Actually even if Helios remains hidden behind dark clouds, Sunlight can still be seen in many parts of London. Painted adverts for that particular brand of soap that is. Having posted one found north of the river last August, today's example comes from the other bank of the Thames.
Of course, if there is a river associated with Sunlight Soap, it is the Mersey rather than the Thames as it was near its bank that William Hesketh Lever erected Port Sunlight (then in Cheshire, now part of Merseyside). However the story of W. H. Lever and Sunlight Soap started a few miles away, in Lancashire. The son of a wholesale grocer based in Bolton, he joined the family business in 1867, aged 16, before becoming a partner at 21. As a commercial traveller and then director of Lever & Co. he had the opportunity to study the production process of the different kinds of soap available at the time. The rather appalling smell of both manufactured and homemade soaps led him to look for a possible alternative and in 1884 he launched Sunlight Soap. Contrary to most of its competitors, Sunlight Soap contained no silicate of soda, and more oils from copra, palm and cotton than tallow. Thus is lathered easily and did not generate a bad smell. There is little doubt that W. H. Lever had a flair for promotion and publicity, and until his death in 1925 he stayed in charge of the marketing strategy. His soap bars came in attractive packs, which not only protected the soap from oxygenisation and consequently from becoming rancid but also were a way of advertising. And then each soap bars had the name "Sunlight" stamped on it. At the same time, the first of many successful advertising campaigns was launched.
Originally Sunlight Soap was made by different manufacturers but in 1885, together with his brother James Darcy, he founded Lever Brothers and purchased the soap factory of Winser & Co in Warrington to produce it independently. Demand for Sunlight Soap was such that production rose from 20 to 450 tons a week within a matter of months. Additional land was purchased and local architect William Owen was asked to draw plans for the extension of the Warrington factory. However it became rapidly clear that the company would have to move out of Warrington if it wanted to expand even further. In 1887 Lever bought 56 acres in the Wirral peninsula, between a railway line and the Mersey. Two years later production started at the factory named Port Sunlight.
Like Sir Titus Salt with Saltaire before or the Cadbury brothers with Bournville around the same time, W. H. Lever believed it was in the interest of the company to provide employees with descent housing and recreational facilities. Of course there was a strong degree of paternalism, but there is no denying that for a good part of the twentieth century living and working conditions were far better at Port Sunlight than in most industrial areas of Britain, where squalor dominated.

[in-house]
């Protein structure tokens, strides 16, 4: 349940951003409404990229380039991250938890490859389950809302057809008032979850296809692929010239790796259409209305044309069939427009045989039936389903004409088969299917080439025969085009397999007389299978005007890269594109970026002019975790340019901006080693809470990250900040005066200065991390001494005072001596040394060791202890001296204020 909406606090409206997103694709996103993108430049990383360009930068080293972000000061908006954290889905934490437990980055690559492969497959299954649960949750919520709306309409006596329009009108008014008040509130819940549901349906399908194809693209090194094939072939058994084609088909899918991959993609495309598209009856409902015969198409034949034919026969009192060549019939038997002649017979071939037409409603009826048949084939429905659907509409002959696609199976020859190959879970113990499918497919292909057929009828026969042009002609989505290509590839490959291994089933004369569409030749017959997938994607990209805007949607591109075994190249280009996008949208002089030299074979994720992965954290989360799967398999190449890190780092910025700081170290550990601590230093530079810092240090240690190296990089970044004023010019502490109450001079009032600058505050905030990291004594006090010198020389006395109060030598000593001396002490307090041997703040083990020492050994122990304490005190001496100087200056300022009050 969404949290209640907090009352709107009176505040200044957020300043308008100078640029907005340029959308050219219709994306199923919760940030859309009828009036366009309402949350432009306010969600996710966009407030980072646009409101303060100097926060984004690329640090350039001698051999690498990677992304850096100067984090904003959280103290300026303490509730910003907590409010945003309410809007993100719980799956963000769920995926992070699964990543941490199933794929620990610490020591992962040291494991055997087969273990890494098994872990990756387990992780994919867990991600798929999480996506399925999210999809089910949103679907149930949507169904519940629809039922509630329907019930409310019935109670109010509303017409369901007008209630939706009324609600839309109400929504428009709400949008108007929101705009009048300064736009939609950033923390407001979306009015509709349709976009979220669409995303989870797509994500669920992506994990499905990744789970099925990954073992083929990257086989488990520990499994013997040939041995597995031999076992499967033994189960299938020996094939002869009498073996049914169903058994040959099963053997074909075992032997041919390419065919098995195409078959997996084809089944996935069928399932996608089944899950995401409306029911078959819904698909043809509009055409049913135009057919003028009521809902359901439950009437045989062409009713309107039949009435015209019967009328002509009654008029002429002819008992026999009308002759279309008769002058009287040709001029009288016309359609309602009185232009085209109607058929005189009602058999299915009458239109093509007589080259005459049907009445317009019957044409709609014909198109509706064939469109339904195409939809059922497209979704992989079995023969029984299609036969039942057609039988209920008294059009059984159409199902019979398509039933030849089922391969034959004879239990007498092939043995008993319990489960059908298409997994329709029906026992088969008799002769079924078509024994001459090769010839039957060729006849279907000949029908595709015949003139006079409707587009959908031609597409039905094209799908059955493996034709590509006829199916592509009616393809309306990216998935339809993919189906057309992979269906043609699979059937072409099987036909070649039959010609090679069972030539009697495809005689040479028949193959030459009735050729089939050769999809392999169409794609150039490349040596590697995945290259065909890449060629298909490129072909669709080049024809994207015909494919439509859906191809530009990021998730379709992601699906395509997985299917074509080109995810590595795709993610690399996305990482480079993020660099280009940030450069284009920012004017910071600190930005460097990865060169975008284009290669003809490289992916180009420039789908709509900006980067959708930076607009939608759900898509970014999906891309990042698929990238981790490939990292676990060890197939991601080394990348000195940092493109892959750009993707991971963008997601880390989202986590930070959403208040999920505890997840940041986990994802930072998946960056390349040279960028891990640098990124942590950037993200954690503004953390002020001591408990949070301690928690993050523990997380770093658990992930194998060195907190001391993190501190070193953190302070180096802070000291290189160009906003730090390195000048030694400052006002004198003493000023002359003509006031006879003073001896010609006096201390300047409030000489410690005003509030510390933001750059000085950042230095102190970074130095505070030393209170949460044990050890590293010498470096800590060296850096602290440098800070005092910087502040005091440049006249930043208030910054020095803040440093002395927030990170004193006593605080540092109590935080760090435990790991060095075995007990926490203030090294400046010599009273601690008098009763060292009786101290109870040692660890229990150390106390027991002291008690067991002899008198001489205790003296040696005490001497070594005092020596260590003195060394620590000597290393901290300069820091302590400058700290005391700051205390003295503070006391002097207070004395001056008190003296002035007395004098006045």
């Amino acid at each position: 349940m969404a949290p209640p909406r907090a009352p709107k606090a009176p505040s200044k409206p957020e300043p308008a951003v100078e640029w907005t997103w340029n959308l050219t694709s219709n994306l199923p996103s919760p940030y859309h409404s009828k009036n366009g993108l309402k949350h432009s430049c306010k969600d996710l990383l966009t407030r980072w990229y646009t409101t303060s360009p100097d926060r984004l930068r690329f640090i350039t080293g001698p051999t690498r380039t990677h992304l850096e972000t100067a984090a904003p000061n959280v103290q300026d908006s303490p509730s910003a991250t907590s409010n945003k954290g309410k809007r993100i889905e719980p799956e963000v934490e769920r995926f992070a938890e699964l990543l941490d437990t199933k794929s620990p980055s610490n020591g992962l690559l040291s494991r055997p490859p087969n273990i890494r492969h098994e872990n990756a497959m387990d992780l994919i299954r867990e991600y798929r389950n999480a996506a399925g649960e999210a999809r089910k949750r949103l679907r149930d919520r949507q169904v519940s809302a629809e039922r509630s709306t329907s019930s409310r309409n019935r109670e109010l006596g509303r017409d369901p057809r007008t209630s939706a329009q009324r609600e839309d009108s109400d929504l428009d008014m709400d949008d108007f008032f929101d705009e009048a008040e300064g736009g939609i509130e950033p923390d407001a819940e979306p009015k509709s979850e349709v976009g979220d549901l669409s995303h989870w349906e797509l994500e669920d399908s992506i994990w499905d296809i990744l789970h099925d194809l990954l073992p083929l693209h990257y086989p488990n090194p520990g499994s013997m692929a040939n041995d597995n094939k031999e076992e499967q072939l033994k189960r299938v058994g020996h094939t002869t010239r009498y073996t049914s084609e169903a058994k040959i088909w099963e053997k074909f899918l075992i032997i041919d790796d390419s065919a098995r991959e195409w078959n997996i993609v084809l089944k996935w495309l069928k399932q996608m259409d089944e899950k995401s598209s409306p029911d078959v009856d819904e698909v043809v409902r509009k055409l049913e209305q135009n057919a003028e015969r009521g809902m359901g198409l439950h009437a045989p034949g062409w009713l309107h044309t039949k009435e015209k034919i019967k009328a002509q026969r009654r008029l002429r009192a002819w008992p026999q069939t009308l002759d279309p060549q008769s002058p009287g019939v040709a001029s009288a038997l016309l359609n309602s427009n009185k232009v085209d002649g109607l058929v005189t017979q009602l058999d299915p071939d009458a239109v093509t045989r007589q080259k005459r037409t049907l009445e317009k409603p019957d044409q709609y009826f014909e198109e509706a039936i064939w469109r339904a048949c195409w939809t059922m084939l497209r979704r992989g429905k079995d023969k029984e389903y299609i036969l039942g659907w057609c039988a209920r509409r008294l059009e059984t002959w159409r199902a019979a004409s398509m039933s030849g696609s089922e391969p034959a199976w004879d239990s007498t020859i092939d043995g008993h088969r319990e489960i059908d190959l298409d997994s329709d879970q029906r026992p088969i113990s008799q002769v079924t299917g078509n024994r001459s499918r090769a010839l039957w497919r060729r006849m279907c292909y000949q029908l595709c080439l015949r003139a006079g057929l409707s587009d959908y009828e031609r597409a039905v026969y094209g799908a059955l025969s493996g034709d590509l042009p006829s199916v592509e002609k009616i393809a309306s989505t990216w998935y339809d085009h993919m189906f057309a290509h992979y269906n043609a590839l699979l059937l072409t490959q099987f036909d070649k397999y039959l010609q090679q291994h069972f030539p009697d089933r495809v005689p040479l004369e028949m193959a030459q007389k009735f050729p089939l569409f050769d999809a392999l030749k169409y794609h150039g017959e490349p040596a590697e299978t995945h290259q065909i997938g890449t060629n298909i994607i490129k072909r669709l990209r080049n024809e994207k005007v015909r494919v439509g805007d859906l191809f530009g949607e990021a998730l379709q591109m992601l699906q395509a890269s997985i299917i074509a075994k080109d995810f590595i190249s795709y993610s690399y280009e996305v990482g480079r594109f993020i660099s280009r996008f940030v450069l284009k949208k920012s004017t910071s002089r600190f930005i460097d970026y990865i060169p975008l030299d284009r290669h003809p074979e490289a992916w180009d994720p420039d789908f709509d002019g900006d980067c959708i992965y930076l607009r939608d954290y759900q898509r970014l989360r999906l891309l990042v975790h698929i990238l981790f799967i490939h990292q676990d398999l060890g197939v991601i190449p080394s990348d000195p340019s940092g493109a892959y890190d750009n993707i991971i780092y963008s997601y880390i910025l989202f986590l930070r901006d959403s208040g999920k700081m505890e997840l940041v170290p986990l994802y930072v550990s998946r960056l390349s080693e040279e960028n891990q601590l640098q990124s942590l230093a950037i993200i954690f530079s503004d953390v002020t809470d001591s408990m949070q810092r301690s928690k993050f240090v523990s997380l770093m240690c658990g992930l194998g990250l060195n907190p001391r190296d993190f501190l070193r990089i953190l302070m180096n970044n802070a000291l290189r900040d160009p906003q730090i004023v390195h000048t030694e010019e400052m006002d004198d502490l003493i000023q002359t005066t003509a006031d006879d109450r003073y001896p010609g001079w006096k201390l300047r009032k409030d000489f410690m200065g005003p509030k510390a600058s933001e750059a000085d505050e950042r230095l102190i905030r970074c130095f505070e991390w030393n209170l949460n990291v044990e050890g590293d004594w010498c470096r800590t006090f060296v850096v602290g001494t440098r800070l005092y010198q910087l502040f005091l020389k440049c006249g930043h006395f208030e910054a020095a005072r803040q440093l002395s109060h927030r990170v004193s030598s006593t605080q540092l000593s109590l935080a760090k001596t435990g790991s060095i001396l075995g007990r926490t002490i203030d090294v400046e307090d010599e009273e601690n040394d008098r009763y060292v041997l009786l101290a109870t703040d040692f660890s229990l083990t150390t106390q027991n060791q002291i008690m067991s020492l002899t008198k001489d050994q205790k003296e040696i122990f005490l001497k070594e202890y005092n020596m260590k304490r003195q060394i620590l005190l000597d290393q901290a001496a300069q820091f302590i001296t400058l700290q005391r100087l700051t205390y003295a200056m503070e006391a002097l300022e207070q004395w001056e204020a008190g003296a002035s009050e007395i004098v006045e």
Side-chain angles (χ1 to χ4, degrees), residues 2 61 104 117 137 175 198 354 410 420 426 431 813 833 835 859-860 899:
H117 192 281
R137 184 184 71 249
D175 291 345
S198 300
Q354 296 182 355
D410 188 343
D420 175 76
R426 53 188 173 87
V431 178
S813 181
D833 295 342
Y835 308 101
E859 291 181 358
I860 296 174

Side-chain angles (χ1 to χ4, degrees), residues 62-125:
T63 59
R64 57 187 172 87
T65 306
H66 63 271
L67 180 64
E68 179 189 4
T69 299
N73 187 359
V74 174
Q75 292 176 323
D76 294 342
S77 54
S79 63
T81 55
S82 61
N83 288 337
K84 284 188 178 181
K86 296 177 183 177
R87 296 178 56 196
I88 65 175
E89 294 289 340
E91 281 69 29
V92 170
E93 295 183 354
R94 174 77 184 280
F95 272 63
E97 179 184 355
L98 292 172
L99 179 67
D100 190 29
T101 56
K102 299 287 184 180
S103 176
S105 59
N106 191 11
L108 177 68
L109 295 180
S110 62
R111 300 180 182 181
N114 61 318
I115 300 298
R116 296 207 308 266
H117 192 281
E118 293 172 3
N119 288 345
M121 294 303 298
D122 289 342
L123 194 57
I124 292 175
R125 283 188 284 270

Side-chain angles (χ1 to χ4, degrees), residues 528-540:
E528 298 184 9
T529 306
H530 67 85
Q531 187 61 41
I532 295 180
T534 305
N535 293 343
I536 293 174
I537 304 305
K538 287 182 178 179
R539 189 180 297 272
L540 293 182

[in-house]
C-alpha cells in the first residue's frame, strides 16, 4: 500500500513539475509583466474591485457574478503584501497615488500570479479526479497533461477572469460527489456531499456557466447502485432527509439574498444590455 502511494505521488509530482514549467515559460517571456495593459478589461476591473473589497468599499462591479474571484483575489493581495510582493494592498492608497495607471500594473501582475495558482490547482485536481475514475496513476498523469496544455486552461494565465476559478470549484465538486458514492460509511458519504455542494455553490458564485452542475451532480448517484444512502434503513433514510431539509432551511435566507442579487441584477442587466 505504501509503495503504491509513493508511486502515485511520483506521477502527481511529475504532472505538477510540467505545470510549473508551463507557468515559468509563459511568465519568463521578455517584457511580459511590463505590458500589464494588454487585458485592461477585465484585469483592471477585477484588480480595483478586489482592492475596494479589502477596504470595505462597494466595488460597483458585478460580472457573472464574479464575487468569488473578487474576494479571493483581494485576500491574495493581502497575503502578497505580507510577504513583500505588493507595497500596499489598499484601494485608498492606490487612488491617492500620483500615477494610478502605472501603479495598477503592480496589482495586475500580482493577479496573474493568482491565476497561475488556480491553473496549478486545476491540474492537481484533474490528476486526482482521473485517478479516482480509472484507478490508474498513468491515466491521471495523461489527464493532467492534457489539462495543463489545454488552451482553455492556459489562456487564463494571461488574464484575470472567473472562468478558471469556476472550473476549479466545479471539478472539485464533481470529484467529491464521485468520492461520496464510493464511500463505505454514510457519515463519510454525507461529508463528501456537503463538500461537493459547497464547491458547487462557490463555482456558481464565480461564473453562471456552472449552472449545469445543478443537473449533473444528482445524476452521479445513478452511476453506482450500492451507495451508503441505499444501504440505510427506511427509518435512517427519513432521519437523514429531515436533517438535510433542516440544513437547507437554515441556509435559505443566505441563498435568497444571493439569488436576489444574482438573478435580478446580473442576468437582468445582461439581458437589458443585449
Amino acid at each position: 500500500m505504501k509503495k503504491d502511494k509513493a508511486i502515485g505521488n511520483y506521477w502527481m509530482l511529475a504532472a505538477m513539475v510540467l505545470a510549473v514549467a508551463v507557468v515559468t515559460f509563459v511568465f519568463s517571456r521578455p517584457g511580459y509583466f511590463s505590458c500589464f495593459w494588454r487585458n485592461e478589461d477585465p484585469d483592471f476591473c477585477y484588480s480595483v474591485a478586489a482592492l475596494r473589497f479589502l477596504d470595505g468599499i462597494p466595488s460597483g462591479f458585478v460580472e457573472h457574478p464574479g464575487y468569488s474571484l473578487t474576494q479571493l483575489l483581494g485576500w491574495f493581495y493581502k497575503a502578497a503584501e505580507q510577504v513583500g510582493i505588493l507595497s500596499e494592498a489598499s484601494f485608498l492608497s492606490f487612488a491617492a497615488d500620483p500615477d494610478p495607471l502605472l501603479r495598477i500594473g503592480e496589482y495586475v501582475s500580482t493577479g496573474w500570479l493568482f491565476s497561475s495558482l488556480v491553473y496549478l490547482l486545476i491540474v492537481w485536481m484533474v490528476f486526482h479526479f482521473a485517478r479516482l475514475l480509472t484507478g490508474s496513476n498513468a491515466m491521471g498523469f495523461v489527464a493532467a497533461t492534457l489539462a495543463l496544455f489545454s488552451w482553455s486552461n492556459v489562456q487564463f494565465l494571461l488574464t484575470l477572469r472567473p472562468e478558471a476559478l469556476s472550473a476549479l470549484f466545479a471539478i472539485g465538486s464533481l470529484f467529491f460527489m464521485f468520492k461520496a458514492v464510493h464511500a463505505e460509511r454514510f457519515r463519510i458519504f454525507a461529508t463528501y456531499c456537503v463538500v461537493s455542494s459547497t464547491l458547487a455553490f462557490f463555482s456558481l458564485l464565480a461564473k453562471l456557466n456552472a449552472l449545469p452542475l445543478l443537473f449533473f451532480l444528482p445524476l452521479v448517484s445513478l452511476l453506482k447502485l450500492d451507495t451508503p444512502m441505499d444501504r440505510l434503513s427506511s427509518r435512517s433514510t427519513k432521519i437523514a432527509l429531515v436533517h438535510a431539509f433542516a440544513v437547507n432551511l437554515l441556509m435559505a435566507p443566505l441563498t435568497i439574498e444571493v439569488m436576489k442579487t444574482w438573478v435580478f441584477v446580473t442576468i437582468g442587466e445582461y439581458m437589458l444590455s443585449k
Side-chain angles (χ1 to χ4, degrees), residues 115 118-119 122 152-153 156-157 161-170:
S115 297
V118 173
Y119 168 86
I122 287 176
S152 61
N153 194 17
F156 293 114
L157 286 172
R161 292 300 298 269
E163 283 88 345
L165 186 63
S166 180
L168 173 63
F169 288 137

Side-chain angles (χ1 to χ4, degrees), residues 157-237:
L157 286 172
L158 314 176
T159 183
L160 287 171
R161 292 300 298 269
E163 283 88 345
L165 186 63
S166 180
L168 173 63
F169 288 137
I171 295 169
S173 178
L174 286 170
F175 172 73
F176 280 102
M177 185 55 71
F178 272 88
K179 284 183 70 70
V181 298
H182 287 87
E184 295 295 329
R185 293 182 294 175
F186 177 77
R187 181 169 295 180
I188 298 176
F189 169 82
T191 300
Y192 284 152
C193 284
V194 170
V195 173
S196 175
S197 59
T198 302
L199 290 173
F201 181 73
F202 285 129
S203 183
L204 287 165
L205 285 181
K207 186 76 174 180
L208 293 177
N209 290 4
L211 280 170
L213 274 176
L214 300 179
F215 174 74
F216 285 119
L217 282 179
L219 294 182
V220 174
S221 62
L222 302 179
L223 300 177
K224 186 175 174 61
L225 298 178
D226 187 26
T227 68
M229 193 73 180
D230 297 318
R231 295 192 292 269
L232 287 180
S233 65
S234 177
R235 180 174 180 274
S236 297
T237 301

In 1894 Lever Brothers launched Lifebuoy, a desinfectant soap, and in 1899 Sunlight Flakes, which was renamed one year later Lux Flakes. These two products became rapidly popular too. This was not due so much to their novelty (flaked soap for example had been known since the mid-nineteenth century) but to market research, packaging, and publicity campaigns.
From an early stage the company expanded internationally, setting up subsidiaries, taking over or amalgating with other manufacturers, while also assuming control of the supply of raw materials (its involvement in palm oil production in the Belgian Congo, where it took full advantage of the system of forced labour, cast a very dark shadow on Lever...). Abroad the major market was the US, and there as well the success of Lever's soaps was down to successful advertising campaigns launched in the mid-1910s and the 1920s, which propelled them from their confined corner of New England to the rest of the nation.
Meanwhile, in Britain, from 1914 Lever became involved in the production of margarine. After being approached by the government, which anticipated disruptions in the supply of margarine from Europe because of the war, Lever formed Planter's Margarine Co., a joint venture with its major competitor, Watson. In 1915 Lever assumed full control of the company. Sales of margarine boomed during the war but declined once deliveries from the Netherlands and Denmark resumed. However from 1924 sales of soap stagnated and the management of Lever began considering developing its presence in the edible fat market. This explains why in 1930 it merged with the Dutch concern Margarine Unie to form Unilever. But that's another story.
As for Sunlight Soap, even though it is still sold in parts of the world, production ceased in Britain in 2009 due to low demand.
If Lever Brothers launched regular advertising campaigns for their products, I doubt they spent much in painted signs. Of course there are several Sunlight signs around but most seem to date from the same era, namely the 1890s. Indeed only on enamel signs and packages from that period is Sunlight (or the other Lever soap, Lifebuoy) written in that particular way. Obviously I haven't researched that extensively so I could be totally wrong and they could have used that design again at a later stage, but I'll take my chances... Let me know what you think.
Since all the other Sunlight Soap signs include at least another line underneath, I think the lower part of this one has been swallowed by the roof of the garage next door.
Location: Chatham Road / Picture taken on: 23/05/2008